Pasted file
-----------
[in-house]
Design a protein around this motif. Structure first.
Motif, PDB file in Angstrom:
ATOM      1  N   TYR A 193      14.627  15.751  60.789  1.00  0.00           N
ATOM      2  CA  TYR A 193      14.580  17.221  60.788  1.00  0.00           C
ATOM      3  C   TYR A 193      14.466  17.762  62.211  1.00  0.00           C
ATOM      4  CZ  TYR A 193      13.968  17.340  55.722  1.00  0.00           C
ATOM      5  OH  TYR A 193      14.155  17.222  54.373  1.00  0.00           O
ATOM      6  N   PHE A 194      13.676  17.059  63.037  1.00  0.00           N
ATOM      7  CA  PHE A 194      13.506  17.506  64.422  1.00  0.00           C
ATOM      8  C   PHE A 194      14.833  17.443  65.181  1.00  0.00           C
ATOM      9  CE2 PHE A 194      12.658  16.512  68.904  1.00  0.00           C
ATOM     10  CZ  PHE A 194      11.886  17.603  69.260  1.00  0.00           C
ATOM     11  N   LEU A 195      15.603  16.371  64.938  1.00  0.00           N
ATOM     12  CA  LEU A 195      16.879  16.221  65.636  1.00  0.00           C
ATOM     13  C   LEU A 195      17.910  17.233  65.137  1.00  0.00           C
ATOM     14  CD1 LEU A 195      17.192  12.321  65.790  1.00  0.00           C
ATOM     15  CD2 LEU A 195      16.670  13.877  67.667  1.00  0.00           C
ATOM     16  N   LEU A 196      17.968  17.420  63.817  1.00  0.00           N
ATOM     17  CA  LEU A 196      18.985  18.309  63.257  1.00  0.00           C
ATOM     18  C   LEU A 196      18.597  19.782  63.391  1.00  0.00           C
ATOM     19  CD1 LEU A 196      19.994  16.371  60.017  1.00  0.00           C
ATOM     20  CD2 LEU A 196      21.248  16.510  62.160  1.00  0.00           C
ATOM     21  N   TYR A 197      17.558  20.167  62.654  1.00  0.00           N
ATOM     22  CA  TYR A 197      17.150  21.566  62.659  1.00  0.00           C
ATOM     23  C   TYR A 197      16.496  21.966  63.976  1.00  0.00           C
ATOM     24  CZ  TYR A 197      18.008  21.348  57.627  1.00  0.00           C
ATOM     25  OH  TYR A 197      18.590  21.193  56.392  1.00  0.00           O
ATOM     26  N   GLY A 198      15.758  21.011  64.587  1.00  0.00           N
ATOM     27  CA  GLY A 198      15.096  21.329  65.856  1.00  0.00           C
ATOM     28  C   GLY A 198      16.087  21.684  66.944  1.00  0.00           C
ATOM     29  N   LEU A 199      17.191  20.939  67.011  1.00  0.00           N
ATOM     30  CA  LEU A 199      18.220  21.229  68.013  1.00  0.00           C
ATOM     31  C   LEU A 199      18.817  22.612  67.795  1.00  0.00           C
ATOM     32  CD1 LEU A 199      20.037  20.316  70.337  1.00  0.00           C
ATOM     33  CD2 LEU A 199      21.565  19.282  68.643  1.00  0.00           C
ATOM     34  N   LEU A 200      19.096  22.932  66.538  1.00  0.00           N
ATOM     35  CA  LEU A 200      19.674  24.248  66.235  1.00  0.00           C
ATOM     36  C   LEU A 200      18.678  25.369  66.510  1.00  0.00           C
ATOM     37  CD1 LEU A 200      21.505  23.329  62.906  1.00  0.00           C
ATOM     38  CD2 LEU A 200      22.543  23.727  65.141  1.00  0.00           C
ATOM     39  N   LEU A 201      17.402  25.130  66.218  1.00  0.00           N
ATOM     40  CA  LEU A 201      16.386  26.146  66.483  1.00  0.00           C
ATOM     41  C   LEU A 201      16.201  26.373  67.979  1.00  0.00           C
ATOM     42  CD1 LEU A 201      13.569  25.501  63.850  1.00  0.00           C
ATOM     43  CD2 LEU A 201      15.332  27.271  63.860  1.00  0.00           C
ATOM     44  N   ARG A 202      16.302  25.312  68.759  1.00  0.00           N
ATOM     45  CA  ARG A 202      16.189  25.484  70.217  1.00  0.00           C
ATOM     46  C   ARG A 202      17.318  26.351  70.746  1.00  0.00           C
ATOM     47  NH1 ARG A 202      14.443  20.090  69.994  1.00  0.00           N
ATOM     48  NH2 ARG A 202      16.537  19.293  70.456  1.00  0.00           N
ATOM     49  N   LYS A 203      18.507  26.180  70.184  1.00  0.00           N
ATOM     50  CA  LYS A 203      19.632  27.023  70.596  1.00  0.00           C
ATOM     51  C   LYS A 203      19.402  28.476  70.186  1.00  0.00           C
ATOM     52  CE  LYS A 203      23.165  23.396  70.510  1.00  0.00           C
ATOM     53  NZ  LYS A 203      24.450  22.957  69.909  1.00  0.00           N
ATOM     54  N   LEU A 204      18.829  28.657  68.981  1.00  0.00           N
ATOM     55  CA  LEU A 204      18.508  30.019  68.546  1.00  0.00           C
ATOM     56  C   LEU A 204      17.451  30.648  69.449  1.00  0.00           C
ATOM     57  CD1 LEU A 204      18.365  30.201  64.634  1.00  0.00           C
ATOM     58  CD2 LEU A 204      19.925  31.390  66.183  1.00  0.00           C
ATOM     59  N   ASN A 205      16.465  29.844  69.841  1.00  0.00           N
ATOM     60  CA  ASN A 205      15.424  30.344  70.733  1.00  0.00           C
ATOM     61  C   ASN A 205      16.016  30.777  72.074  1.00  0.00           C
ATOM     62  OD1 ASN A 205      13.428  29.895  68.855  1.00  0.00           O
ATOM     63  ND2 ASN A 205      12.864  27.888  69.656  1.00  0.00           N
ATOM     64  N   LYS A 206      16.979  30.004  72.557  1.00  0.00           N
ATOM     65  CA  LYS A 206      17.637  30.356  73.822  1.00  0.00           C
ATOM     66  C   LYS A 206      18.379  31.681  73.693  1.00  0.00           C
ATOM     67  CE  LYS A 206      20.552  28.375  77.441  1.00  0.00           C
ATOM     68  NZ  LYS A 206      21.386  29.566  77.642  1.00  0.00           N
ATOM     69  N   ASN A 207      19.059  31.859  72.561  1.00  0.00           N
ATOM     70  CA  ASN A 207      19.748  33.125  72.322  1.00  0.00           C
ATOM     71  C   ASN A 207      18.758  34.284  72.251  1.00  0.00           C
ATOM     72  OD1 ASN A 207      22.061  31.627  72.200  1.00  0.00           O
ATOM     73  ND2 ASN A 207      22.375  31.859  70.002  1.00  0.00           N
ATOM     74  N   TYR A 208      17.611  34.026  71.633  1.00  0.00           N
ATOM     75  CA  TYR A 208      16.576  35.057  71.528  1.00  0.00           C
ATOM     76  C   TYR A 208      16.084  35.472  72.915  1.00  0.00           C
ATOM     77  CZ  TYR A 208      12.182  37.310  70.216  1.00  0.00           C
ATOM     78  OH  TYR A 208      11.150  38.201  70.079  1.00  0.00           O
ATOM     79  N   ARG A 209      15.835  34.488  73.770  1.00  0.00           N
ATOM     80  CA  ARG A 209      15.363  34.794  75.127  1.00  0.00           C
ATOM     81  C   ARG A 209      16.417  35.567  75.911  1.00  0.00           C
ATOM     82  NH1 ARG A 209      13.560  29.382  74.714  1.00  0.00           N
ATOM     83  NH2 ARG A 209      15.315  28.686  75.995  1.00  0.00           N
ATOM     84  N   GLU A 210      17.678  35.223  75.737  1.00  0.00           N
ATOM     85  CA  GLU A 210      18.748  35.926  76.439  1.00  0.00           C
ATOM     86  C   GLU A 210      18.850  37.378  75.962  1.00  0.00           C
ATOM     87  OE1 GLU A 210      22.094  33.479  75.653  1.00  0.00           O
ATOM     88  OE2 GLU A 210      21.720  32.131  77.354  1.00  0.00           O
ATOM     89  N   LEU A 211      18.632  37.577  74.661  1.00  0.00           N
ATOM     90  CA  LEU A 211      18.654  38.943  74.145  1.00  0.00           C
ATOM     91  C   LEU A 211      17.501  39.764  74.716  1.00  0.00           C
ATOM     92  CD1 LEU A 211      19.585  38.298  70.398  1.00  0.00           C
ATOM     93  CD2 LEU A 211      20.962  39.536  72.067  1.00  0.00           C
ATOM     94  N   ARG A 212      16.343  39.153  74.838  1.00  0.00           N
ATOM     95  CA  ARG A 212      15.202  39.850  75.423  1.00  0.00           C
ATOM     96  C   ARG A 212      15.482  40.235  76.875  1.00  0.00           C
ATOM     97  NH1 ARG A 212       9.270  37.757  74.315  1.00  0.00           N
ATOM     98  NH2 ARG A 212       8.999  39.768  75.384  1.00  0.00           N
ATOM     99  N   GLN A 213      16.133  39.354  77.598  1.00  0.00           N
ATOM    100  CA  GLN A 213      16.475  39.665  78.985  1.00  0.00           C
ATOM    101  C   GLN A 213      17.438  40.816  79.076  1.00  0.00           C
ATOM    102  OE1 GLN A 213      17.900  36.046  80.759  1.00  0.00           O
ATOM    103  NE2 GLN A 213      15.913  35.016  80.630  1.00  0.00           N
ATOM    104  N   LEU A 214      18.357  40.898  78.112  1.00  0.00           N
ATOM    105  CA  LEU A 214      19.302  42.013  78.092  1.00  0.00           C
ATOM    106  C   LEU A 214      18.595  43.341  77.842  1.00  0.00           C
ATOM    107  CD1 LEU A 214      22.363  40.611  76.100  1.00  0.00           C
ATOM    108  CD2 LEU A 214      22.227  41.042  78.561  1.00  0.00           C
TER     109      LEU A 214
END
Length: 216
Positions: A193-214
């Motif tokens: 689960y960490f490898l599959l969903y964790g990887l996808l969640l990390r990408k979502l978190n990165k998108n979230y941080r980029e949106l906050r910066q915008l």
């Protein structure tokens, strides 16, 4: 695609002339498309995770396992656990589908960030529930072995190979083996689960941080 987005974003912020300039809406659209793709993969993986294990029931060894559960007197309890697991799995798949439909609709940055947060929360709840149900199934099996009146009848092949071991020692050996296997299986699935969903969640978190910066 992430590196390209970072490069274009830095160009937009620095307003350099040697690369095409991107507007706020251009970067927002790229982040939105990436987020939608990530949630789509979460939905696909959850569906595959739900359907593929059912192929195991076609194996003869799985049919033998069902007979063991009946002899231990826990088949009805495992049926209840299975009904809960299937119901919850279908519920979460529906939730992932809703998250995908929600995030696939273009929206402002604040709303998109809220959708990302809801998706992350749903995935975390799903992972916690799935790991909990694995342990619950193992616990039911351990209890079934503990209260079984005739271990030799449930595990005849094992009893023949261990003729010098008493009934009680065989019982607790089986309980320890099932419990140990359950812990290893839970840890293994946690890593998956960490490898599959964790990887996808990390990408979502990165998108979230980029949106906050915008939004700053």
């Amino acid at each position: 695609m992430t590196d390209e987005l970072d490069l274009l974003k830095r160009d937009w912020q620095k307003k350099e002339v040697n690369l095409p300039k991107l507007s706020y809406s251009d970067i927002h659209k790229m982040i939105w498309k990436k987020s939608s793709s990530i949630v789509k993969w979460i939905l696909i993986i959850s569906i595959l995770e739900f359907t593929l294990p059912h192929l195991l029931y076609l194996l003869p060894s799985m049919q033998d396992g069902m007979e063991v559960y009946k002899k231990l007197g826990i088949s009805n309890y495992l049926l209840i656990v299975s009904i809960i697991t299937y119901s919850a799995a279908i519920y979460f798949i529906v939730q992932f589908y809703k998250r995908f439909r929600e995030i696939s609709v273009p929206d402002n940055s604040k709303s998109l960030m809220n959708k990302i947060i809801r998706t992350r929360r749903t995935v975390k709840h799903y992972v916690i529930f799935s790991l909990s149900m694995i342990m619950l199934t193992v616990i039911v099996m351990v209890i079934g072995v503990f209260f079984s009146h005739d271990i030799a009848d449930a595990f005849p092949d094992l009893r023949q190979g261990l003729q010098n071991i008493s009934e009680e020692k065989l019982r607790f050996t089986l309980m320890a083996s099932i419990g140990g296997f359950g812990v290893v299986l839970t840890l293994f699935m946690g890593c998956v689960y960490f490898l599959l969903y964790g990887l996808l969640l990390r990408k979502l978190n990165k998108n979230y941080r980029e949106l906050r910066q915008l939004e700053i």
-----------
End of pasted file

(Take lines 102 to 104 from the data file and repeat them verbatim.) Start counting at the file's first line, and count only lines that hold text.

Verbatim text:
ATOM     99  N   GLN A 213      16.133  39.354  77.598  1.00  0.00           N
ATOM    100  CA  GLN A 213      16.475  39.665  78.985  1.00  0.00           C
ATOM    101  C   GLN A 213      17.438  40.816  79.076  1.00  0.00           C